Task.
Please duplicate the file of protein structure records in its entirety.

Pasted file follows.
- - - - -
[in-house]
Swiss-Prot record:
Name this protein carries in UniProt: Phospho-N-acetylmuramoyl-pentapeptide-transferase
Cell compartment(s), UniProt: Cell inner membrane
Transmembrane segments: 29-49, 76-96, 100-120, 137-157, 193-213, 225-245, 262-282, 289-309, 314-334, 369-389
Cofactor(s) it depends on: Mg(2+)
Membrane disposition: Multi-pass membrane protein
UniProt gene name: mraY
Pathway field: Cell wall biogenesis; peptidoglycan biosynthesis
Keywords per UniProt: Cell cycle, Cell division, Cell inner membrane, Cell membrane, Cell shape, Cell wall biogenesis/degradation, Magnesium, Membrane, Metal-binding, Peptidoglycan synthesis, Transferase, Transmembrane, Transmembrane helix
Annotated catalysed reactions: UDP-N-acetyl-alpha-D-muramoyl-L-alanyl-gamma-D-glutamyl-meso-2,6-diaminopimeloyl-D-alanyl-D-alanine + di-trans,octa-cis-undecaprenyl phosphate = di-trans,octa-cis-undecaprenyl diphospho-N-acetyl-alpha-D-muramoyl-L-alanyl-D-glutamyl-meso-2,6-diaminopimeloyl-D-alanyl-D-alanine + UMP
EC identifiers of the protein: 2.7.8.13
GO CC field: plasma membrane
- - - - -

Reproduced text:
[in-house]
Swiss-Prot record:
Name this protein carries in UniProt: Phospho-N-acetylmuramoyl-pentapeptide-transferase
Cell compartment(s), UniProt: Cell inner membrane
Transmembrane segments: 29-49, 76-96, 100-120, 137-157, 193-213, 225-245, 262-282, 289-309, 314-334, 369-389
Cofactor(s) it depends on: Mg(2+)
Membrane disposition: Multi-pass membrane protein
UniProt gene name: mraY
Pathway field: Cell wall biogenesis; peptidoglycan biosynthesis
Keywords per UniProt: Cell cycle, Cell division, Cell inner membrane, Cell membrane, Cell shape, Cell wall biogenesis/degradation, Magnesium, Membrane, Metal-binding, Peptidoglycan synthesis, Transferase, Transmembrane, Transmembrane helix
Annotated catalysed reactions: UDP-N-acetyl-alpha-D-muramoyl-L-alanyl-gamma-D-glutamyl-meso-2,6-diaminopimeloyl-D-alanyl-D-alanine + di-trans,octa-cis-undecaprenyl phosphate = di-trans,octa-cis-undecaprenyl diphospho-N-acetyl-alpha-D-muramoyl-L-alanyl-D-glutamyl-meso-2,6-diaminopimeloyl-D-alanyl-D-alanine + UMP
EC identifiers of the protein: 2.7.8.13
GO CC field: plasma membrane